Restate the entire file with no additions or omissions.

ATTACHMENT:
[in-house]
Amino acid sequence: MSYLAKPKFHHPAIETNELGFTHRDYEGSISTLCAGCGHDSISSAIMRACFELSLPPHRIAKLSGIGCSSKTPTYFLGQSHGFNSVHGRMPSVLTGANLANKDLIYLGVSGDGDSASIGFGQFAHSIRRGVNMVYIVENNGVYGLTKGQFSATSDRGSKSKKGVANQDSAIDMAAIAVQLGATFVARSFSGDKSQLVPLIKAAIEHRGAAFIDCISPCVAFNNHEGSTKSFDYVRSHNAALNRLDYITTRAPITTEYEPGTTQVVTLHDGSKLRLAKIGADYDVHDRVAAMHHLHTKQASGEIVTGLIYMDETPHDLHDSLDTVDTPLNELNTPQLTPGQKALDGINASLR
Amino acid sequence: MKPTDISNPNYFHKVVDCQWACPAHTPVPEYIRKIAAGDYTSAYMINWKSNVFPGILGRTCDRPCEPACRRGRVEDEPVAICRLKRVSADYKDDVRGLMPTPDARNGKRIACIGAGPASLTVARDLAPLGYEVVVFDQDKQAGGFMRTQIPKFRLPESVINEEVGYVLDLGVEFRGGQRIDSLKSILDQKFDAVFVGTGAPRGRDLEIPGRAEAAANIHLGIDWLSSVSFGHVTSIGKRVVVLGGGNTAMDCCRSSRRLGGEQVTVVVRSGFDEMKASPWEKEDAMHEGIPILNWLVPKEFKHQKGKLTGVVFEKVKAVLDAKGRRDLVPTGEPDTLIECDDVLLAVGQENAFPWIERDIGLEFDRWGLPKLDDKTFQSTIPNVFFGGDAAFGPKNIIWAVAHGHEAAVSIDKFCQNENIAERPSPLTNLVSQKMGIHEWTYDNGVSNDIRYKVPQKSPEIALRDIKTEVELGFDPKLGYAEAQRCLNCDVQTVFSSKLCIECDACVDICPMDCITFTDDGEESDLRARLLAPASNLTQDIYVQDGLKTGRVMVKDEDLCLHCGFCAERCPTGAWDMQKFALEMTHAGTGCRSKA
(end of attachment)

[in-house]
Amino acid sequence: MSYLAKPKFHHPAIETNELGFTHRDYEGSISTLCAGCGHDSISSAIMRACFELSLPPHRIAKLSGIGCSSKTPTYFLGQSHGFNSVHGRMPSVLTGANLANKDLIYLGVSGDGDSASIGFGQFAHSIRRGVNMVYIVENNGVYGLTKGQFSATSDRGSKSKKGVANQDSAIDMAAIAVQLGATFVARSFSGDKSQLVPLIKAAIEHRGAAFIDCISPCVAFNNHEGSTKSFDYVRSHNAALNRLDYITTRAPITTEYEPGTTQVVTLHDGSKLRLAKIGADYDVHDRVAAMHHLHTKQASGEIVTGLIYMDETPHDLHDSLDTVDTPLNELNTPQLTPGQKALDGINASLR
Amino acid sequence: MKPTDISNPNYFHKVVDCQWACPAHTPVPEYIRKIAAGDYTSAYMINWKSNVFPGILGRTCDRPCEPACRRGRVEDEPVAICRLKRVSADYKDDVRGLMPTPDARNGKRIACIGAGPASLTVARDLAPLGYEVVVFDQDKQAGGFMRTQIPKFRLPESVINEEVGYVLDLGVEFRGGQRIDSLKSILDQKFDAVFVGTGAPRGRDLEIPGRAEAAANIHLGIDWLSSVSFGHVTSIGKRVVVLGGGNTAMDCCRSSRRLGGEQVTVVVRSGFDEMKASPWEKEDAMHEGIPILNWLVPKEFKHQKGKLTGVVFEKVKAVLDAKGRRDLVPTGEPDTLIECDDVLLAVGQENAFPWIERDIGLEFDRWGLPKLDDKTFQSTIPNVFFGGDAAFGPKNIIWAVAHGHEAAVSIDKFCQNENIAERPSPLTNLVSQKMGIHEWTYDNGVSNDIRYKVPQKSPEIALRDIKTEVELGFDPKLGYAEAQRCLNCDVQTVFSSKLCIECDACVDICPMDCITFTDDGEESDLRARLLAPASNLTQDIYVQDGLKTGRVMVKDEDLCLHCGFCAERCPTGAWDMQKFALEMTHAGTGCRSKA